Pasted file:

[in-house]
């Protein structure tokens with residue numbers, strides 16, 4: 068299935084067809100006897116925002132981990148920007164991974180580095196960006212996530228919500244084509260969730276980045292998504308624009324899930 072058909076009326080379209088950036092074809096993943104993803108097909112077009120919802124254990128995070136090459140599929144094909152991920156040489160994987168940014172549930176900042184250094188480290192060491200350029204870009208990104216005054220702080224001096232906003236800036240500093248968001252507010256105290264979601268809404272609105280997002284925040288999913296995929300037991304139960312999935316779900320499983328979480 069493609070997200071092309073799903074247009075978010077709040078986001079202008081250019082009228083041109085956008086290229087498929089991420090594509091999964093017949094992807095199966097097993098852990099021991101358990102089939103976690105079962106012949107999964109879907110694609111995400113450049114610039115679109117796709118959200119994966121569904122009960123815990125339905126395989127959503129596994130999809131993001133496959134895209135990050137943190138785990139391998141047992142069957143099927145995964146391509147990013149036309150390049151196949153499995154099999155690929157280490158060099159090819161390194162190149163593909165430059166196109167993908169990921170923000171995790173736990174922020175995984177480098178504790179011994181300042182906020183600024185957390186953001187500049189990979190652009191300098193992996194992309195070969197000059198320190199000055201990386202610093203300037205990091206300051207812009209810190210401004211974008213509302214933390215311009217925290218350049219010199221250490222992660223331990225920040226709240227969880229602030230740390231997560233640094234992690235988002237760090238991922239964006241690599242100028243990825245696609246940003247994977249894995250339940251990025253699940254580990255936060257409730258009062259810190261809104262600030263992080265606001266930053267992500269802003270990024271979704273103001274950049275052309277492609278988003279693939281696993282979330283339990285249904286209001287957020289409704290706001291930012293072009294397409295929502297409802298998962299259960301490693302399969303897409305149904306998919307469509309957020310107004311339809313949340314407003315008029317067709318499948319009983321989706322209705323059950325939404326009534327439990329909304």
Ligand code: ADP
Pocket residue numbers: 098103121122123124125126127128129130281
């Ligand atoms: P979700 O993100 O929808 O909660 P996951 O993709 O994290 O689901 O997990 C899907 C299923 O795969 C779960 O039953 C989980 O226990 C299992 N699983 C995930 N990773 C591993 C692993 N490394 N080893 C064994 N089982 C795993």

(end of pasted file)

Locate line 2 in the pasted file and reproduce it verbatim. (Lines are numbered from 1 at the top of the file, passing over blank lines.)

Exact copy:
């Protein structure tokens with residue numbers, strides 16, 4: 068299935084067809100006897116925002132981990148920007164991974180580095196960006212996530228919500244084509260969730276980045292998504308624009324899930 072058909076009326080379209088950036092074809096993943104993803108097909112077009120919802124254990128995070136090459140599929144094909152991920156040489160994987168940014172549930176900042184250094188480290192060491200350029204870009208990104216005054220702080224001096232906003236800036240500093248968001252507010256105290264979601268809404272609105280997002284925040288999913296995929300037991304139960312999935316779900320499983328979480 069493609070997200071092309073799903074247009075978010077709040078986001079202008081250019082009228083041109085956008086290229087498929089991420090594509091999964093017949094992807095199966097097993098852990099021991101358990102089939103976690105079962106012949107999964109879907110694609111995400113450049114610039115679109117796709118959200119994966121569904122009960123815990125339905126395989127959503129596994130999809131993001133496959134895209135990050137943190138785990139391998141047992142069957143099927145995964146391509147990013149036309150390049151196949153499995154099999155690929157280490158060099159090819161390194162190149163593909165430059166196109167993908169990921170923000171995790173736990174922020175995984177480098178504790179011994181300042182906020183600024185957390186953001187500049189990979190652009191300098193992996194992309195070969197000059198320190199000055201990386202610093203300037205990091206300051207812009209810190210401004211974008213509302214933390215311009217925290218350049219010199221250490222992660223331990225920040226709240227969880229602030230740390231997560233640094234992690235988002237760090238991922239964006241690599242100028243990825245696609246940003247994977249894995250339940251990025253699940254580990255936060257409730258009062259810190261809104262600030263992080265606001266930053267992500269802003270990024271979704273103001274950049275052309277492609278988003279693939281696993282979330283339990285249904286209001287957020289409704290706001291930012293072009294397409295929502297409802298998962299259960301490693302399969303897409305149904306998919307469509309957020310107004311339809313949340314407003315008029317067709318499948319009983321989706322209705323059950325939404326009534327439990329909304």